"Sossegado," my mother explained authoritatively. In Portuguese, it means calmness and quiet. To a Goan, the expression encapsulates a way of life that is relaxed and full of joy.

Suddenly, our driver braked and we lurched forward. A goat was crossing the road.

Since Goa's absorption into the Indian Union in 1961, there have been many changes. But you can still drive through bucolic towns with Iberian-style villas and stop at a small taverna (bar) for a drink of feni (a potent local brew made from the juice of distilled cashew nuts.)

Vasco da Gama, a Portuguese sea captain, first landed south of Goa on the Malabar Coast in 1498. Seeking Christians and spices, he was the first European to reach India.

Afonso de Albuquerque consolidated the network of outposts that da Gama had captured, laying the foundation for Portugal's maritime empire, including Daman and Diu. In the 1600s, everything from gold and spices was traded in Goa's ports.

Until Dec. 19, 1961, Goa remained a Portuguese colony. In 1962, Goa, Daman and Diu were integrated with the Indian Union. Splitting from the other two colonies in May 1987, Goa became the 25th state of the Indian Union.

But Goa has retained a distinctive Portuguese flavor. With their red-tiled roofs and narrow streets, villages have a Mediterranean feel. The last stop on a bus is usually hailed by the driver shouting "praça," which means "village square" in Portuguese.

The countryside is dotted with whitewashed churches and restaurants selling Portuguese-style food such as caranguejo recheado (stuffed crab), caldeirada (fish stew), and rissois (rissoles made from shrimp).

Our first stop was Old Goa, the capital of the 16th century Portuguese colony and a principal city in the Portuguese Eastern Empire. Compared to Lisbon in its magnificence, Old Goa evokes Old World charm with its collection of churches and cathedrals.

Completed in 1605, Bom Jesus Basilica houses a silver sarcophagus with a glass coffin where St. Francis Xavier's mummified corpse is kept. On the walls surrounding it are murals depicting scenes from the saint's journeys. The annual feast of St. Francis is held Dec. 3.

Architecturally, Sé Cathedral (St. Catherine's Cathedral) is Portuguese-Gothic with a sprawling Baroque facade. Built in 1533, it has an intricately carved gilt altar, 15 exquisite chapels and is the largest Christian church in Asia.

On the northern part of Old Goa, Viceroy's Arch was built as the official gateway to all the viceroys dispatched by the Portuguese government. Facing the Mandovi River, it features a statue of explorer Afonso de Albuquerque in the niche above the entrance. Like all tourists, we had our picture taken there.

After overdosing on the opulence of Goa's Portuguese architecture, I needed to get in tune with my inner mall and help bail out my mother's homeland from the clutches of the World Bank. I went shopping.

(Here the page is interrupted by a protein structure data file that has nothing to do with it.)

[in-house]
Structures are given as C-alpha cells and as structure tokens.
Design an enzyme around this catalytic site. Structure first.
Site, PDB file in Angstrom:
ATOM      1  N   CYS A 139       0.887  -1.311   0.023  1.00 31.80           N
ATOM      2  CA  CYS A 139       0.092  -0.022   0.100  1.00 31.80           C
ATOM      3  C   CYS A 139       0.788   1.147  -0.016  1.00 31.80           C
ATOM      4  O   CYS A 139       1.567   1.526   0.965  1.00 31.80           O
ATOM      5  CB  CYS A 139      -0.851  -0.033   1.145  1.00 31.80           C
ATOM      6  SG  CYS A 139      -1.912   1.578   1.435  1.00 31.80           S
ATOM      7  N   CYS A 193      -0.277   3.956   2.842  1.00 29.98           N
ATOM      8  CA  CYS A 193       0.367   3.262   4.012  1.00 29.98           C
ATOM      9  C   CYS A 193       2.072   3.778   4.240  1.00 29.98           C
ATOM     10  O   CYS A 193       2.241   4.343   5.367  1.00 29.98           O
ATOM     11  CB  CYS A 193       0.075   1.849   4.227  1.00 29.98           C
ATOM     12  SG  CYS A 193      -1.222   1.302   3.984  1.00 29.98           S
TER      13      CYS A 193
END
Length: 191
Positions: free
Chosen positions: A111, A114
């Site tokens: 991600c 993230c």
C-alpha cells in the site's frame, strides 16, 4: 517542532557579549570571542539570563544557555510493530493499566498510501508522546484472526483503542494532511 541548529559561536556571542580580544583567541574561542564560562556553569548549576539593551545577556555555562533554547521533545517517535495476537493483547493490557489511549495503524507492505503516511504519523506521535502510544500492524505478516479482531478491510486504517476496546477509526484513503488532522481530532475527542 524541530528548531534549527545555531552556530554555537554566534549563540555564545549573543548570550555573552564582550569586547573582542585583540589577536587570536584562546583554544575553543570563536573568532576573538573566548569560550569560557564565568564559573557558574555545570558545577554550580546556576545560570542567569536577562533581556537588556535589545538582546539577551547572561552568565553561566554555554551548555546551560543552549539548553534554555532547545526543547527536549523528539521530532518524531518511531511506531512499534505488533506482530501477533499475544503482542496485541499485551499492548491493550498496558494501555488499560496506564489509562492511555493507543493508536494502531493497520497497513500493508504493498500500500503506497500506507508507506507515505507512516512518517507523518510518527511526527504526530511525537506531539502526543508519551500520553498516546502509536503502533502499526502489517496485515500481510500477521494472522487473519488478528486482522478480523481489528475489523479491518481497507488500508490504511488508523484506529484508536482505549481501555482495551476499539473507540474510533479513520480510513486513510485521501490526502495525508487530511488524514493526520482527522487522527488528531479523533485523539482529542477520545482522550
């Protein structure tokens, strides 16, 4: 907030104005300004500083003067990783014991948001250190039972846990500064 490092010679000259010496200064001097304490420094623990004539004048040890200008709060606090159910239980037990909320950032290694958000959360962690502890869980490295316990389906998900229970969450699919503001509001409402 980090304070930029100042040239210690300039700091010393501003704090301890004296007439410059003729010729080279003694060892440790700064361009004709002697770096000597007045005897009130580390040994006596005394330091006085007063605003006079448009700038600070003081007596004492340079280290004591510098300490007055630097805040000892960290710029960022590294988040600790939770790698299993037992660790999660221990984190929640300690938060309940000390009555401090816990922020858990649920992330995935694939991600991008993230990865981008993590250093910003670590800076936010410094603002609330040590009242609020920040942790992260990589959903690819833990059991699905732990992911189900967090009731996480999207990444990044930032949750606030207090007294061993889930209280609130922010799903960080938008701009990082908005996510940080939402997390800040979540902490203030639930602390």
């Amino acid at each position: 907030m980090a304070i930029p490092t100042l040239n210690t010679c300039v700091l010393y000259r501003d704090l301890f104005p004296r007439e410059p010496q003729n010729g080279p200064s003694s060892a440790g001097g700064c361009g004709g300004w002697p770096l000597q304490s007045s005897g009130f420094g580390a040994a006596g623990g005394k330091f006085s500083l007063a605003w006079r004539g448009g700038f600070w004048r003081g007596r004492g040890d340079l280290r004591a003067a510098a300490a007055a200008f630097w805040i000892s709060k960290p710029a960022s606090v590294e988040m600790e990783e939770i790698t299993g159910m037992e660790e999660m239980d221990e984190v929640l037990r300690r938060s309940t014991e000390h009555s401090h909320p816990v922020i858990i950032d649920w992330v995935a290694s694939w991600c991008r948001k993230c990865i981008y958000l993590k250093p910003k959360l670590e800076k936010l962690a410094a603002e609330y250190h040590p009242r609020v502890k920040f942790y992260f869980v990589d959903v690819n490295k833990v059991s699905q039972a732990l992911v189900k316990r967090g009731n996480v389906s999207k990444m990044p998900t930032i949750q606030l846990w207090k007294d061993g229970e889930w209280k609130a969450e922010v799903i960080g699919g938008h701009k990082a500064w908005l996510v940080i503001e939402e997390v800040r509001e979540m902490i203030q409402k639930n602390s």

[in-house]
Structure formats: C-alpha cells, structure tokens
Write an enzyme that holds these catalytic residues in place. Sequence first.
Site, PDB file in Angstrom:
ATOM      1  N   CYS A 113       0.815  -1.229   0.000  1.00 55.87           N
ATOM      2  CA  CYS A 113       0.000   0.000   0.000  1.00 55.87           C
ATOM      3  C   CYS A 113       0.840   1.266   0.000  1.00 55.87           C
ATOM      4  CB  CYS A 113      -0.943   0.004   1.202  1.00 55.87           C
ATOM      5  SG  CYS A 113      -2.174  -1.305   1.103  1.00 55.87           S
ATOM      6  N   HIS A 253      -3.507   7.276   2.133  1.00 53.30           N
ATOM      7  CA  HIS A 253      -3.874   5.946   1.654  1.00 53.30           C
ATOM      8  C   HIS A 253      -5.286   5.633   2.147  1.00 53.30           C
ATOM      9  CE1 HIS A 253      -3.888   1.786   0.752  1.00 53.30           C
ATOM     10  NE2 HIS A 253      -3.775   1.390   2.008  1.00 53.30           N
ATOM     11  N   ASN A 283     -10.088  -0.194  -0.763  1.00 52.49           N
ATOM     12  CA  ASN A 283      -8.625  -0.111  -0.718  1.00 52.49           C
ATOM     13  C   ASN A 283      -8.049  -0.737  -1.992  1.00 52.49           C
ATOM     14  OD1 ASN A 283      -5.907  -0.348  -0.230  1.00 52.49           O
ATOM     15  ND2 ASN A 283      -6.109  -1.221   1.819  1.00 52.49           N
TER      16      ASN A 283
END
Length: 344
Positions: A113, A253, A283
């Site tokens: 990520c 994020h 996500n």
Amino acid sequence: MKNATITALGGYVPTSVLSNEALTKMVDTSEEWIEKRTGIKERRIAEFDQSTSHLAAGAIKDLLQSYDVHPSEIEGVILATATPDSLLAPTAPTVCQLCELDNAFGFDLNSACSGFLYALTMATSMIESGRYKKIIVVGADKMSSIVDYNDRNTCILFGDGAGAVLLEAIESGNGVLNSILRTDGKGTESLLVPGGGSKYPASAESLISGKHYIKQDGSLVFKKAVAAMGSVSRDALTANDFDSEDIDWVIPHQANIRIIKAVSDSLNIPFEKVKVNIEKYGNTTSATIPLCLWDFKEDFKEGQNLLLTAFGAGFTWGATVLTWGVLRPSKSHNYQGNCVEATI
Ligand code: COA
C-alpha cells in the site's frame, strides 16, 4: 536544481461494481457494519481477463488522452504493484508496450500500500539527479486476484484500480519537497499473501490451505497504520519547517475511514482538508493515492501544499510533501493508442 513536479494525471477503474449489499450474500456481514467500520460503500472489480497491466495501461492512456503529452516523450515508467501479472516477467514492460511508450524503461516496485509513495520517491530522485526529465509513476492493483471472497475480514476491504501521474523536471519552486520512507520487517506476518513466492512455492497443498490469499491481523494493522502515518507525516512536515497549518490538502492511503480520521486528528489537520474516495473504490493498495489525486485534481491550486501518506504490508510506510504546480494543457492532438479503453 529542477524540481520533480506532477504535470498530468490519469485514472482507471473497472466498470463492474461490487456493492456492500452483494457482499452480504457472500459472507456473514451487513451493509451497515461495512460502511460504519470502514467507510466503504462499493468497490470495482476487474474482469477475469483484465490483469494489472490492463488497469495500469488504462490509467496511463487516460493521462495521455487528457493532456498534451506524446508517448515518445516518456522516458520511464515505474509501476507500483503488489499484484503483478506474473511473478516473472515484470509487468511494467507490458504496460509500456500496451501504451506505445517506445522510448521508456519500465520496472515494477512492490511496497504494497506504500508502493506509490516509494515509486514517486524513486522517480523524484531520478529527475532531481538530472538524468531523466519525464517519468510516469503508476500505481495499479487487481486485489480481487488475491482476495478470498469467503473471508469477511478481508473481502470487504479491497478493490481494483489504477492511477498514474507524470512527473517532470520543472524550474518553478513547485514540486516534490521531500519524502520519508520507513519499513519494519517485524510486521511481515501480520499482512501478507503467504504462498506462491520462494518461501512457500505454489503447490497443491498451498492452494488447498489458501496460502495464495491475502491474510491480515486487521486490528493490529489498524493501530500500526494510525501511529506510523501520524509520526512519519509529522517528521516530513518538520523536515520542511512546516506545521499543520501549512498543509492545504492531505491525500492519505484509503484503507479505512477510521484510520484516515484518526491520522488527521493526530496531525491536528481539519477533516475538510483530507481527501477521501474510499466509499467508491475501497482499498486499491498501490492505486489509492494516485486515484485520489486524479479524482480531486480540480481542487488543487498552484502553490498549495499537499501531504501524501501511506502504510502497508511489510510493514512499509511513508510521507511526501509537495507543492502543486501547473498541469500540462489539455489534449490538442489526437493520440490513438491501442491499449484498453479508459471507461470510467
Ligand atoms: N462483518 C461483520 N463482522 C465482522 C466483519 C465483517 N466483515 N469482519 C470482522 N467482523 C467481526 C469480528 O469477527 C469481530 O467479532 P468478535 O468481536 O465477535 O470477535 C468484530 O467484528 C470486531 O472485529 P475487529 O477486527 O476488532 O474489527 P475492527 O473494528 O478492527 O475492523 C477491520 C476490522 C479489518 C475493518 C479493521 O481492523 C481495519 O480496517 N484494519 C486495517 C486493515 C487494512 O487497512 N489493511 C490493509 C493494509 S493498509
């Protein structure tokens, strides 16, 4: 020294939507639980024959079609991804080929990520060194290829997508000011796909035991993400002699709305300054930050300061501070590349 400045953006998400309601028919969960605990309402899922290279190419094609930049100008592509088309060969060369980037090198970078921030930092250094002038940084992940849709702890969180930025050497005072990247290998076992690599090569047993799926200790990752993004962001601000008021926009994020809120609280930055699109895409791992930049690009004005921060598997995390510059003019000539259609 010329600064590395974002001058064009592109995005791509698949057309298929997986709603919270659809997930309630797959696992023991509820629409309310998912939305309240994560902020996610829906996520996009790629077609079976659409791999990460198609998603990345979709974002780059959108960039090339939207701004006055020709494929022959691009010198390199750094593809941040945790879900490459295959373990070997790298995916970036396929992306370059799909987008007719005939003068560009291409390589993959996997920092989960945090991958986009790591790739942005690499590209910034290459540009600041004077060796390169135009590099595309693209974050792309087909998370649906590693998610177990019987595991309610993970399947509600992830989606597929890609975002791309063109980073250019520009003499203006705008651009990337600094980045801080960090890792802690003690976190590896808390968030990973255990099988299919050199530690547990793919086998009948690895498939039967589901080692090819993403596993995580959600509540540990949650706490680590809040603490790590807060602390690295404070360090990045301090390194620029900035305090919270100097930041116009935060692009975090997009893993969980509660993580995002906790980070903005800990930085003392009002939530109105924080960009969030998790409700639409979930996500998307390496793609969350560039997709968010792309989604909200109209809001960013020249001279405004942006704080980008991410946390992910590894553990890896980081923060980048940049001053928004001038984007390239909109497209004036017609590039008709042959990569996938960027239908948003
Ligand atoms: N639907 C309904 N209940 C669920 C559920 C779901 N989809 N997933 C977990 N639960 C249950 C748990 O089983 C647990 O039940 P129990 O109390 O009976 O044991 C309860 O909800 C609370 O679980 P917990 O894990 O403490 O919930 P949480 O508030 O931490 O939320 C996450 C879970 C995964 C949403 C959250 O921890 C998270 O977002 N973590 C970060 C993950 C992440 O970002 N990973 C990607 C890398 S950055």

Meanwhile, my mother held court on the balcony of my grandmother's house. Traditionally, neighbors visit each other in the late afternoon, sipping cold Limca and eating jackfruit and guavas.

The nearest town was Margão, the second largest in Goa and the provincial capital of Salcette.

Wandering through the labyrinth-like covered market, I gasped at 3-foot mountains of chilies in market stalls and the array of brightly colored sweets.

For more of an adventure, you should venture north to Mapusa Bazaar and the Anjuna Flea Market.

With my uncle, I took the bus to Panjim, the capital, and changed buses for Mapusa in the north region of Goa. Every Friday, there is a bustling market or bazaar. Everything from mendhi tattoos to mirrorwork cushions are available for a few dollars.

It draws hordes of Goans and tourists vying for everything from fresh papayas to silver trinkets.

For the ultimate tourist shopping experience, you have to go even further north to Anjuna for the Wednesday flea market.

Having exasperated one uncle with my desire to buy needless trinkets, my other uncle accompanied me on the journey that took three buses to reach the far flung northern corner of Goa.

For a colony of hippies living in Anjuna, the market is a rite of passage. Imagine San Francisco's eclectic Haight-Asbury section, and Anjuna has an equally eclectic collection of hippies, artists, aura diviners and yoga fanatics touting their wares.

Compared to Mapusa Bazaar, the market is expensive, but some items, like papier-mâché boxes from Kashmir in Northern India, are extremely inexpensive.

Drained from shopping, we went to one of the many beaches tucked along the province's coastline.

To avoid tourists, we went to Palolem beach in Canacona, a rocky district in the south that harbors sprawling desolate beaches.

Sitting on the beach flanked by palm trees, I thought about how brave my mother was to have left her tiny village and this Eden in search of a better life.

The search for saudade had led me back to my mother, Goa and myself.